The U.S. women’s hockey team was thiiiisss close to gold in Sochi.
The Canadians, again, had luck on their side in overcoming a 2-0 deficit and surviving a Kelli Stack clearing flip that bumped off the post of an empty net with just seconds remaining in regulation. It was a two-inch miss that would have altered history.
The Thursday final was 3-2 in overtime and the Americans settled for silver medals.
As disappointing as the outcome was for the U.S. team, it remains nonetheless a proud moment just to represent one’s country in the Olympic Games.
Jill Radzinski, a veteran trainer of 17 years at UC Davis, worked her second straight Olympics with the U.S. hockey team. Just hours before the gold-medal face-off, The Enterprise was able to contact the Aggie employee in Sochi.
Contrary to other media reports, Radzinski says “conditions in the Olympic Village are very nice.”
“Everything is brand-new, clean, safe and hospitable,” the former Penn State field hockey star said via email.
Radzinski was amazed at the weather — “50-60 degrees … sunny almost every day. We have a picture-postcard view of the mountains on the west side of the village and an even more (breathtaking) view of the Black Sea out our windows and balconies on the east.
“It’s a very quiet environment as all of the athletes are focused on their events.”
That may change as closing ceremonies are Sunday night and many of the events will be long settled by then.
For Radzinski and the hockey players, it will be another exciting moment in an Olympic odyssey that began back in September with team workouts in Boston.
“The team chose not to walk in the opening ceremonies because we had our first game vs. Finland … the next day (early),” she explains.
But she says the hockey team will be there in force Sunday: “We will all walk in the closing ceremonies. I was fortunate to have walked in the closing ceremonies in the 2010 Winter Olympics … where we took the silver medal (Canada won gold).
“The closing ceremonies are full of celebration and entertainment. It’s really rewarding to meet athletes from other teams.”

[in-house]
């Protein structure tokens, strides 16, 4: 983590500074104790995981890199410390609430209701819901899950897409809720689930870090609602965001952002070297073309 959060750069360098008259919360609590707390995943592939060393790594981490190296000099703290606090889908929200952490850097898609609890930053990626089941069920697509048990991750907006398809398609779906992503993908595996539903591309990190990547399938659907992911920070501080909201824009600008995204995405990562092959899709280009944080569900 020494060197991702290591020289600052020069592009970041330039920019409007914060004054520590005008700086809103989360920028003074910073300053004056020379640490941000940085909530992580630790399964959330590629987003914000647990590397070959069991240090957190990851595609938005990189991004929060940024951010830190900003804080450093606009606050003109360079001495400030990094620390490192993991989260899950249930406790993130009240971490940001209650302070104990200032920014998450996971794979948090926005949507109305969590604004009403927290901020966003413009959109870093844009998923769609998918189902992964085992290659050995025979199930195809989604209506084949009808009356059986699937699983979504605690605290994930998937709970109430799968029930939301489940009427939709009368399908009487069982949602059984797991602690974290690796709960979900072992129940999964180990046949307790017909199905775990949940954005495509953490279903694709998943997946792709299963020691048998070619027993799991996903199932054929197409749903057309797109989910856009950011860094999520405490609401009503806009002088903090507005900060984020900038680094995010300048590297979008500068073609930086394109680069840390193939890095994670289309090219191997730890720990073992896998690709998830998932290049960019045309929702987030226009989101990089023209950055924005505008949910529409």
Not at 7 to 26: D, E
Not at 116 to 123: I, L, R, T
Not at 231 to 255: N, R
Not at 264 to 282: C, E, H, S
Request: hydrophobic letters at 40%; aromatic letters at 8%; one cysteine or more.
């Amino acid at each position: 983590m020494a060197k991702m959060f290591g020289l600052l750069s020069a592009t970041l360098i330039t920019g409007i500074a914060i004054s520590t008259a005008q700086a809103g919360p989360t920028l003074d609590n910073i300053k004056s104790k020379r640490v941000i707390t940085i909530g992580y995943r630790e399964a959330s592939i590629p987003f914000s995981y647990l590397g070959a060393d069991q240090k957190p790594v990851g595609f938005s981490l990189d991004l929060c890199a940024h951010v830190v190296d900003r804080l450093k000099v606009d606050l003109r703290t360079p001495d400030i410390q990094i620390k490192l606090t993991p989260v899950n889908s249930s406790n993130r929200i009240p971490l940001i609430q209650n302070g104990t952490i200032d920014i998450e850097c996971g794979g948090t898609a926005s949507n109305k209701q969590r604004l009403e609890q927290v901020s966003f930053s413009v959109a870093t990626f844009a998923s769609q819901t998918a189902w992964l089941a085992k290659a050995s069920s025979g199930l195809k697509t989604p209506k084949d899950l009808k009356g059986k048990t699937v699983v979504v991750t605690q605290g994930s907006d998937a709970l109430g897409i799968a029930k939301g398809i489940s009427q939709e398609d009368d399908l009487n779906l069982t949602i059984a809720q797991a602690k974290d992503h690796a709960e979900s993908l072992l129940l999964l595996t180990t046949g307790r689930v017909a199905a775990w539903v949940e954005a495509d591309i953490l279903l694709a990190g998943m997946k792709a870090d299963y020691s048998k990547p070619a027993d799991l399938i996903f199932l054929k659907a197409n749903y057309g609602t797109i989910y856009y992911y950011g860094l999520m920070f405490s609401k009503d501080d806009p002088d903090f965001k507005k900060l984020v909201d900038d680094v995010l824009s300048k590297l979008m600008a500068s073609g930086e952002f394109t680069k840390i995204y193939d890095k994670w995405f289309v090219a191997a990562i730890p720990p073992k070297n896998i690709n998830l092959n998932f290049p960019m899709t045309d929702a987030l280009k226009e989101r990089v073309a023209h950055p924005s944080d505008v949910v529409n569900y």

Radzinski was impressed by how American skiers or skaters supported, say, hockey or curling and those athletes, in turn, supported other U.S. entries.
When she returns home March 4, she says she’ll assume her training duties with UCD women’s soccer, gymnastics and track and field.
“My journey with the USA women’s ice hockey team has been priceless,” says the trainer, who began her relationship with American women’s hockey in 2008. “I am so grateful for the opportunity and very fortunate to have the support of my colleagues and friends.”
Radzinski also views the experience as “career and personal development” because she is “surrounded by top-notch professionals in the sports medicine and sports performance field.”
“I learn so much from these experiences and am so proud to be part of something much, much bigger than ourselves.
“It truly has shaped me, both as a person and an athletic trainer.”
Notes: Radzinski and her teammates got bonus workouts when it was dinnertime. The dining hall is a 15-minute walk from the team’s quarters (which are shared with USA speed and figure skaters, curlers and men’s hockey players. …Radzinski reports: “There is a large fitness center, a recreation center — video and arcade games — laundry facility, post office, dry cleaning, hair salon …” Well, you get the idea. … When the hockey team arrived in Munich on Feb. 2, the Americans went through a pre-Olympic check-in. “Team processing is like Christmas morning times 1 million,” Radzinski recalls. In addition to outfits to wear at the opening and closing ceremonies, “Ralph Lauren specialists are on site to tailor your ceremonies apparel and coordinate your style to their exact standards.” Hopefully, Radzinski’s new outfits go well with a silver accessory.
— Reach Bruce Gallaudet at firstname.lastname@example.org or 530-320-4456